Undergoes a second surgery to correct the first one. The infection is eliminated, but Diebenkorn never fully regains his strength.
March: Works on a series of small prints with Gemini. Printer James Reid visits Diebenkorn in Healdsburg and constructs a lap desk for him to draw on; due to his failing health, Diebenkorn again has trouble getting to his studio. He sends Reid sketches on Mylar, which Reid then prints from and returns to Diebenkorn for further alterations. The series is not editioned until after Diebenkorn’s death.
9 April–11 May: Thirty Years on Paper: Richard Diebenkorn and Wayne Thiebaud opens at the Campbell-Thiebaud Gallery in San Francisco.
1–5 May: Travels with Phyllis to “Carey’s Island.” It will be his final trip to Santa Cruz Island; over the course of thirty-three years, he made the journey thirty-five times.
6–13 July: Receives the National Medal of Arts from President George H. W. Bush; the entire family, including his grandchildren, travel to Washington, D.C., to accept the award. After the award ceremony, Senator Ted Kennedy hosts an event for the honorees. Visits the National Gallery, the Phillips Collection, and the Corcoran.
24 September–14 October: Travels to London with Phyllis and their family to attend the 4 October opening of a retrospective exhibition organized by the Whitechapel Art Gallery. The exhibition travels to the Fundación Juan March in Madrid, to two locations in Frankfurt—the Frankfurter Kunstverein and the Städtische Galerie im Städel—the Museum of Contemporary Art in Los Angeles, and SFMOMA. While in England, Diebenkorn and Phyllis visit the ruins at Bath with Larry Rubin and Marina Schinz.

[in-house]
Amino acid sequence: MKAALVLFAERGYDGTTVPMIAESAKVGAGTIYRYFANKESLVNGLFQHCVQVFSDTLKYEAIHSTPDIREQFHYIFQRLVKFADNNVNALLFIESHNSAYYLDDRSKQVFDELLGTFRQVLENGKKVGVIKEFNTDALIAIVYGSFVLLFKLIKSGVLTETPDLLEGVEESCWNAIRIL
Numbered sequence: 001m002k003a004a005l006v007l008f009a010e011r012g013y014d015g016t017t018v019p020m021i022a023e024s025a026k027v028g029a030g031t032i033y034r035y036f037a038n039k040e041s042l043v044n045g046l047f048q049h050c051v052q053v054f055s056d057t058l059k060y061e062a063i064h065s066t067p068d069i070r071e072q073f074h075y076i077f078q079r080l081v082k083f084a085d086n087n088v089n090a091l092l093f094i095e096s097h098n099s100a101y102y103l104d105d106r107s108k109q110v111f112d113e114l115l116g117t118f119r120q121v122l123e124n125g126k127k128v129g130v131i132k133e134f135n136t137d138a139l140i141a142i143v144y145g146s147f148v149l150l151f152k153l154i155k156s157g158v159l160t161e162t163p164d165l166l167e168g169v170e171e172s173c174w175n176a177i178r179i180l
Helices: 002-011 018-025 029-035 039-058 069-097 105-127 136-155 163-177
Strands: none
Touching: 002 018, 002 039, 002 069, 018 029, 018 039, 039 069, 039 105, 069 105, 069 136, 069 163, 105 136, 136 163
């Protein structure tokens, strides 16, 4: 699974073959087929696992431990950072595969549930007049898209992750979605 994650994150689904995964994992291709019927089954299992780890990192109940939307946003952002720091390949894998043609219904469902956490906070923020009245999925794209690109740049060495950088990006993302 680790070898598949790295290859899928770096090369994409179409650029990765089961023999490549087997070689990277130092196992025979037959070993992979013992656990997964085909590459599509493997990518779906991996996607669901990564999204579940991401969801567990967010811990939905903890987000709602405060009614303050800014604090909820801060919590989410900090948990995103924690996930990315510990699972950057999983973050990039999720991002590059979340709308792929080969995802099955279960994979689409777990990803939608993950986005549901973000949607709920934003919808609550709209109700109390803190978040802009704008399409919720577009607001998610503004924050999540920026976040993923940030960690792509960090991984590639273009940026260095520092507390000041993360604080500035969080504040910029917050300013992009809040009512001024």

26 October–10 November: Works at Crown Point Press.
2–30 November: Richard Diebenkorn: New Work opens at Knoedler in New York. Larry Rubin writes a letter to the New York Times, expressing his disappointment that they did not cover the show.
Diebenkorn and Phyllis do not attend the opening. This is the first and only show of work from Healdsburg at Knoedler.
Begins spending more time at the house in Berkeley, to be closer to his doctor. Sets up a studio in their kitchen.
Elected an honorary academician of the Royal Academy of Art, London.
23–28 March: Works at Crown Point Press for the last time.
13 September: Michael Kimmelman’s profile of Diebenkorn, “A Life Outside,” is published in the New York Times Magazine.
5 November 1992–9 January 1993: A show of eleven Ocean Park paintings opens at Gagosian Gallery in New York.
Works on prints with Crown Point Press and Gemini from his homes in Berkeley and Healdsburg.
30 March: Dies from pulmonary failure at his home in Berkeley.
April: The Santa Barbara Museum hosts a memorial show in Diebenkorn’s honor, which opens a few days after his death.
27 June: A memorial concert is held at St. Mark’s Episcopal Church in Berkeley. The Pacific Mozart Ensemble, led by son-in-law Richard Grant, performs Johann Sebastian Bach’s Actus Tragicus and Gabriel Fauré’s Requiem; Gretchen Diebenkorn Grant and her son Benjamin sing in the chorus.
1 November: A final memorial is held at the Metropolitan Museum of Art, New York. Speakers are William Luers, John Russell, John Elderfield, and son, Christopher.
5 April: The American Academy of Arts and Letters awards Diebenkorn the Gold Medal for Painting, the Academy’s highest honor. Diebenkorn was informed of the award shortly before his death. At the ceremony held in New York, Wayne Thiebaud presents the award to Diebenkorn’s daughter, Gretchen.
334. Datebook, 1988.
335. Tim Fish, “Hues of a Humble Master,” Press Democrat (Santa Rosa, Calif.), 10 Mar. 1991.
336. Richard Diebenkorn to Mary Keesling, 28 Aug. 1989, Mary Heath Keesling papers, Archives of American Art, Smithsonian Institution.
337. Roberta Smith, “San Francisco Revolution in Style Recalled in a Traveling Exhibition,” New York Times, 29 Aug. 1990.